ALBUM REVIEW: Del Bel - Oneiric

Some albums are best enjoyed late at night, alone, with a pair of high-quality headphones. Del Bel's debut record, Oneiric, is one of them. The music is dense, layered and haunting - each song a surreal world of its own, often emerging from the swirling depths of echo-laden guitars, horns and synth. Lisa Conway's voice is eerily soothing, floating throughout the hazy orchestrations and instrumental interplay. The album opens with "Dusk Light", a pretty song with a steady, plodding rhythm that kicks in after a minute of euphoric sounds and textures. Punctuating each melancholic verse is a bright, melodic interlude featuring harmony vocals and horns.

Contrasting the relatively pretty and almost dance-able opener is Oneiric's haunting centerpiece, "Beltone". Over the brooding rhythm and tortured strings, Conway asks, "How does one fight the dark with no guns and no will to go on?" The song builds with frenzied, tremolo guitar wrangling and a firm 6/8 beat, eventually fading into darkness.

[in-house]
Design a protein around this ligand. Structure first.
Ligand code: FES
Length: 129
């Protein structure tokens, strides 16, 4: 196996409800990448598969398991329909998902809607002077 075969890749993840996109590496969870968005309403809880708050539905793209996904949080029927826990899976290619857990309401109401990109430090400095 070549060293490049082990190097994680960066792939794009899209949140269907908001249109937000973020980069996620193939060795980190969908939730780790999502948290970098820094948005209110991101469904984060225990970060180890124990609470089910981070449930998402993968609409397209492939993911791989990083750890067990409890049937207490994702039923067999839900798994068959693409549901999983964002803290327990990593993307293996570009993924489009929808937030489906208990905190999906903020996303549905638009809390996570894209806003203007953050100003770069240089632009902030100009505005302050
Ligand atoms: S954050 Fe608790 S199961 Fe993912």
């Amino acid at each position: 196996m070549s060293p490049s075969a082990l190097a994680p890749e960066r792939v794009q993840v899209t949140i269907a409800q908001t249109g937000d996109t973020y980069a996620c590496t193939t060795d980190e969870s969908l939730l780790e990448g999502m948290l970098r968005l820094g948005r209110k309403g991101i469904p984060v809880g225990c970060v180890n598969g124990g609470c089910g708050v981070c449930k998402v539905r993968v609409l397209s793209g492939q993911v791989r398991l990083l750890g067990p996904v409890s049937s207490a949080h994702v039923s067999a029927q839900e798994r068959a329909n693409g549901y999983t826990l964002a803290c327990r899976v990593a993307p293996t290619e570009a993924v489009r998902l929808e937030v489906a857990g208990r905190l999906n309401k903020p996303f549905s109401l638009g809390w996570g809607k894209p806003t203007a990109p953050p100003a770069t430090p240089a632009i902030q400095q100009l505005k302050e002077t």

Overall, Oneiric holds a dark and cinematic quality. Tyler Belluz claims to have been influenced by the films of independent filmmaker Jim Jarmussch. There is a continuity to the album that is similar to the flow of a surreal film. The sparse, ambient production lends itself to a ghostly, black-and-white vibe reflected in the album's cover.

By Seamus Erskine


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